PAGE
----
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Winter sunsets really are more spectacular. Here’s why

The sunset over the Rose Bowl on New Year’s Day, with colors reflected by clouds.
The sunset over the Rose Bowl on New Year’s Day, with colors reflected by clouds.
(Rose Bowl)

Driving west in San Pedro late in the afternoon on New Year’s Day, I watched thick puffs of clouds overhead churn from periwinkle blue to flaming orangey pink in what seemed like seconds. I pulled over, gawked and snapped photos. What was going on? Why did this sunset grab me so hard?

Sunset in San Pedro
Two photos show the shift of colors in a sunset on New Year’s Day, as seen in San Pedro.
(Mary Forgione)

Stephen LaDochy, who teaches meteorology and climatology at Cal State Los Angeles, chalked it up to atmospheric optics. “It’s different types of scattering, reflection and refraction of light,” he says. Translation: Light is made up of different colors, each with its own range of wavelengths. Blue and green light waves are shorter, which means they bounce and scatter more easily. At sunset, those colors get filtered out, leaving longer wavelengths of reds and oranges that can make your heart melt.

Look for owl chicks, explore tidepools and count sheep to boost your outdoors time in the new year.

But there’s something else going on in winter. Sunsets become more vivid because of low humidity and cleaner air, especially after it rains. That means there are fewer particulates to wash out colors and create hazy sunsets, which are more typical in summer. Also, the Earth spins closer to the sun in winter (we were closest Jan. 4), and the “angle the sun takes setting makes sunset colors last a bit longer,” National Oceanic and Atmospheric Administration meteorologist Stephen Corfidi recently told Vox.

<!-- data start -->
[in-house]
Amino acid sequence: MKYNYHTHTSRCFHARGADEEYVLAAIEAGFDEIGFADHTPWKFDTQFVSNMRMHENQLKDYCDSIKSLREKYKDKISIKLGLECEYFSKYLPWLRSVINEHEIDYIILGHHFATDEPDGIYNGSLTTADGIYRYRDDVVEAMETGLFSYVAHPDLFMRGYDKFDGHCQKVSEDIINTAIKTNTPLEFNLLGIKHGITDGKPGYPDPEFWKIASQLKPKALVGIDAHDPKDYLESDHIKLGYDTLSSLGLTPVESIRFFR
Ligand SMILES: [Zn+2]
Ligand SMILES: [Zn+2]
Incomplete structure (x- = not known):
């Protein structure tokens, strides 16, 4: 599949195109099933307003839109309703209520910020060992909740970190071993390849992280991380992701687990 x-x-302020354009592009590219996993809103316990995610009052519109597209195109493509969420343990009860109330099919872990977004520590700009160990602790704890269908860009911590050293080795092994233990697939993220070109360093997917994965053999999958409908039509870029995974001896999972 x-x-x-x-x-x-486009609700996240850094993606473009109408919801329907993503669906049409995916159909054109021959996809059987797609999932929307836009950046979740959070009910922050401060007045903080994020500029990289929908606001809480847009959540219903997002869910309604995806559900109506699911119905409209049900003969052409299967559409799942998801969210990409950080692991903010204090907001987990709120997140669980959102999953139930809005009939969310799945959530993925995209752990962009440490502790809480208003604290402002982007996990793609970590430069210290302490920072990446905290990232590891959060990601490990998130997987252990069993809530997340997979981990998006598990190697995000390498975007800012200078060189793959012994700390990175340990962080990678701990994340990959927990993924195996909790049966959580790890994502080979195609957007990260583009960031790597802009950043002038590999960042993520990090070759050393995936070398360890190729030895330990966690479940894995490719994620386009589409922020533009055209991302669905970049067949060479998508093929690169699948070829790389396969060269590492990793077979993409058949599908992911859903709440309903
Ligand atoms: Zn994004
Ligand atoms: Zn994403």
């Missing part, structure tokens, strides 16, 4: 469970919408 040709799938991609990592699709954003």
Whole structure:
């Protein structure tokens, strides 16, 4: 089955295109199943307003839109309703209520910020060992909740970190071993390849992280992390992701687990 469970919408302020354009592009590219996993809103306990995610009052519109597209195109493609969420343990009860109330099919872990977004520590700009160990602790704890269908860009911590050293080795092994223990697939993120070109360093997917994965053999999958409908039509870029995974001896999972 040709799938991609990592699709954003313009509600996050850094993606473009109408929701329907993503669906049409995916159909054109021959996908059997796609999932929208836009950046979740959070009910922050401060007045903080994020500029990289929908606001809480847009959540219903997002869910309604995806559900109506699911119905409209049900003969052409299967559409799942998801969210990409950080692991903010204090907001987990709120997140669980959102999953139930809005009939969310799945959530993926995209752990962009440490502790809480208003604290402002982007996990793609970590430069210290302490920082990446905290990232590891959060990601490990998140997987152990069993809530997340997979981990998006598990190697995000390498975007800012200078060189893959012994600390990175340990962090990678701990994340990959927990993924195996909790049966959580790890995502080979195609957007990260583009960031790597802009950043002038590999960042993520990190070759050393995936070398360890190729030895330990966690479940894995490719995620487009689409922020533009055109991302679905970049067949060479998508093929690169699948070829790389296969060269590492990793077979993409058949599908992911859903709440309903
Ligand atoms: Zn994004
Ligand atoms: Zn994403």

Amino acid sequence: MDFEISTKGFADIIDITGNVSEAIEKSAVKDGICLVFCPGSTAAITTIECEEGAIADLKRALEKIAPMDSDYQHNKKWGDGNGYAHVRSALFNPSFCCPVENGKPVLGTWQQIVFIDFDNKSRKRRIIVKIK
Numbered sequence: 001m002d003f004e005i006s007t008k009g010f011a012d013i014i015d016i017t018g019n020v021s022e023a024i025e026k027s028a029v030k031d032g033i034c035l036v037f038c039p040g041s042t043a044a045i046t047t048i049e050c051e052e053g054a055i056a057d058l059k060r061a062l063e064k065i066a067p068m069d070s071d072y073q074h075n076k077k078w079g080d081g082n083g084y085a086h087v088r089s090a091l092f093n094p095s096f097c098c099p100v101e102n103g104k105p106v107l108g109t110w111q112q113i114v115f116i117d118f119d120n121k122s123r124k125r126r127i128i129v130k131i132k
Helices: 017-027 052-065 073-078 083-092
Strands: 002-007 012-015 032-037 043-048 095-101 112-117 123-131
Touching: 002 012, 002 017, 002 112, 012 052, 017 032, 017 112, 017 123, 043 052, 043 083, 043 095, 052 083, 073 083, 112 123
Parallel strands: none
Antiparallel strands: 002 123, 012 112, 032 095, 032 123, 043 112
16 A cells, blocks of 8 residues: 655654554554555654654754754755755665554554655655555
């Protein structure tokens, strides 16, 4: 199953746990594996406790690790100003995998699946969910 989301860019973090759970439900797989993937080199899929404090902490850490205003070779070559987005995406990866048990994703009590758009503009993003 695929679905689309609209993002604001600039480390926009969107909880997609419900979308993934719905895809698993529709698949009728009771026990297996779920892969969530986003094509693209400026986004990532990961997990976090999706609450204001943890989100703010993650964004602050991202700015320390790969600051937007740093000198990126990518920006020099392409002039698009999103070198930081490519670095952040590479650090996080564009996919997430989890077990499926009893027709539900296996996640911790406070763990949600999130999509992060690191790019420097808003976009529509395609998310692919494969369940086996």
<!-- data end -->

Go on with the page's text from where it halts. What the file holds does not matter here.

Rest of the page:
Sunset taken from the top of a parking structure in Newport Beach, looking southwest, on New Year’s Day.
Sunset seen from the top of a parking structure in Newport Beach, looking southwest, on New Year’s Day.
(Shelby Grad / Los Angeles Times)

The final ingredient: clouds, which reflect the stunning hues back at us. “Clouds make it much more brilliant,” LaDochy says. “They act like a [viewing] screen.” Here are some tips on how to get the most out of winter sunset viewing.

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Be on time. Shorter days mean early sunsets, and you don’t want to miss the celestial show. Check out timeanddate.com for when the sun will set in your area. Plan to be in place about a half-hour before to watch the show.

Need inspiration? Listen to author John Green (“The Fault in Our Stars,” “Turtles All the Way Down”) explain why sunsets should always spark awe in his podcast “Capacity for Wonder and Sunsets,” an episode of “The Anthropocene Reviewed” (bit.ly/sunsetawe).

Where to go. To watch the sun sink from the sky, any beach or high point will do. My picks include:

  • Palisades Park in Santa Monica, next to the famed Santa Monica Pier, which parallels Ocean Avenue and offers wide-angle views of the beach below.
  • Point Fermin Park at 807 Paseo Del Mar in San Pedro affords cliffside views of the ocean, the Palos Verdes Peninsula and Catalina Island.
  • Stuck in the city? Head up to the Griffith Observatory at 2800 E. Observatory Road for a long view of the L.A. Basin. If you have time and want a higher point, take the Charlie Turner Trail off the parking lot up to Mt. Hollywood (1,625 feet in elevation). It’s about a mile and a half each way.

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